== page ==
Authors: Cecilia Chu*, The University of Hong Kong
Topics: Cultural Geography, Historical Geography, Asia
Keywords: Landscape, park, recreation, leisure, modernism, China, Hong Kong
Session Type: Paper
Presentation File: No File Uploaded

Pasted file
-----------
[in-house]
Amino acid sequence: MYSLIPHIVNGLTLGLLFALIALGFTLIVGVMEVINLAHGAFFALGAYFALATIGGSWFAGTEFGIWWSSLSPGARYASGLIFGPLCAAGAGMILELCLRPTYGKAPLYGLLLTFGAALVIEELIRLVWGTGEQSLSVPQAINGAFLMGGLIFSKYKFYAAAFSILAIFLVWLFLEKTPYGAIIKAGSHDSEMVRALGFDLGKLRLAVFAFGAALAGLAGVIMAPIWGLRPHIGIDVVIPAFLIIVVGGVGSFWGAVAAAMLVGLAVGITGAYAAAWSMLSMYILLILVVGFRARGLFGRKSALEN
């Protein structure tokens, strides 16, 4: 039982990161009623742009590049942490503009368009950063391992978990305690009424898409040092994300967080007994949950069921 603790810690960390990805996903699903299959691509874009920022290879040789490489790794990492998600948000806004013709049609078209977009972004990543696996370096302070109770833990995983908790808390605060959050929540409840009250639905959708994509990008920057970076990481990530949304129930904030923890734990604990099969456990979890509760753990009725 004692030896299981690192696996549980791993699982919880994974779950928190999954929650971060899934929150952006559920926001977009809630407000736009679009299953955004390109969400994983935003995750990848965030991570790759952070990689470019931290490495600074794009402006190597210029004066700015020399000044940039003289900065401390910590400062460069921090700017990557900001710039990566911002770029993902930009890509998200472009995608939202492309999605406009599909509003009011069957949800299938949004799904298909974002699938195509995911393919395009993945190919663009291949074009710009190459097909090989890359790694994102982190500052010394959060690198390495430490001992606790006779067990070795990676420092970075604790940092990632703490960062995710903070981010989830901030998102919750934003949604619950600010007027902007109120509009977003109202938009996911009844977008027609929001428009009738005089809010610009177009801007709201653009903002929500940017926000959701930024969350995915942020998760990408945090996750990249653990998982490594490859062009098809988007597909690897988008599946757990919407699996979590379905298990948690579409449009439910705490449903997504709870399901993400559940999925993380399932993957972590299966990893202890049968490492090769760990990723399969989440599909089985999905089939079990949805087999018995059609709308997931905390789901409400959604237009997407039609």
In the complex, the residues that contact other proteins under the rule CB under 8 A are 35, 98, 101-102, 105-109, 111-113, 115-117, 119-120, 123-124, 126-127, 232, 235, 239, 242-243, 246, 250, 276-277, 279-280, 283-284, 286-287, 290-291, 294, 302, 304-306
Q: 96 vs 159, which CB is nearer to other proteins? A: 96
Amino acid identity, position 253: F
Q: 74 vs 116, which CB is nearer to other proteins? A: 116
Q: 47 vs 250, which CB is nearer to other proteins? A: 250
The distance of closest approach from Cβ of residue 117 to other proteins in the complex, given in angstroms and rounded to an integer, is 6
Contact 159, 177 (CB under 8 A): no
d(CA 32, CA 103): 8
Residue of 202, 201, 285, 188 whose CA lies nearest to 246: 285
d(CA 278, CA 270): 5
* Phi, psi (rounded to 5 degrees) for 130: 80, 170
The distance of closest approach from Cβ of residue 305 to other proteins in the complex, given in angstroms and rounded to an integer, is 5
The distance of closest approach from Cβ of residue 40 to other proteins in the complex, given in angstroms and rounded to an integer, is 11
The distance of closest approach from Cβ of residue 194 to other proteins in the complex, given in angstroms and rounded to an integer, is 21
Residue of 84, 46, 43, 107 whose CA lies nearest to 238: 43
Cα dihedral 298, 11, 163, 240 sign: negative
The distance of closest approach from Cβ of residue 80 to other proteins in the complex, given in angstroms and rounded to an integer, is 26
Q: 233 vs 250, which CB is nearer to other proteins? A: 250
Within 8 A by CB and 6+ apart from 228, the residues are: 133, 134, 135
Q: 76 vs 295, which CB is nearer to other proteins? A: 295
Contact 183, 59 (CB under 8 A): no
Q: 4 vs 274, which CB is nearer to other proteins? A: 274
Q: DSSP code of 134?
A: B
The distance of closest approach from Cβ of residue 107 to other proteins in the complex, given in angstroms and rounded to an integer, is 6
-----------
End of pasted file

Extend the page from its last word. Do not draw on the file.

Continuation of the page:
This paper traces emergent conceptions of modern parks and recreational landscapes in colonial Hong Kong and Republican Guangzhou amidst growing calls to improve the health of populations in both cities between 1910s and 1930s. While foreign-trained architects and planners envisioned a better urban future characterized by beautiful parks, tree-lined streets and ample public spaces that were accessible to everyone, social reformers and philanthropists sought to promote organized recreational activities for the poorer classes in order to turn them into modern, governable subjects. Meanwhile, with the advent of the popular press in the 1920s, iconic images of modern leisure spaces in the West were widely circulated both in Hong Kong and Guangzhou, generating widespread enthusiasm as well as new debates over the need to retain “local tradition” against wholesale Westernization. By revisiting the planning processes and discourses of a number of major parks in this period, this paper illustrates that the advent of modernist recreational landscapes paralleled a larger shift toward a new urban milieu constructed by a wide range of actors and institutions that traversed across the two territories. This study will further enable a better understanding of the transnational exchange of knowledge about modernist planning and landscape design and how particular models originated from the West were adapted in non-Western contexts for the promotion of specific visions and agendas.
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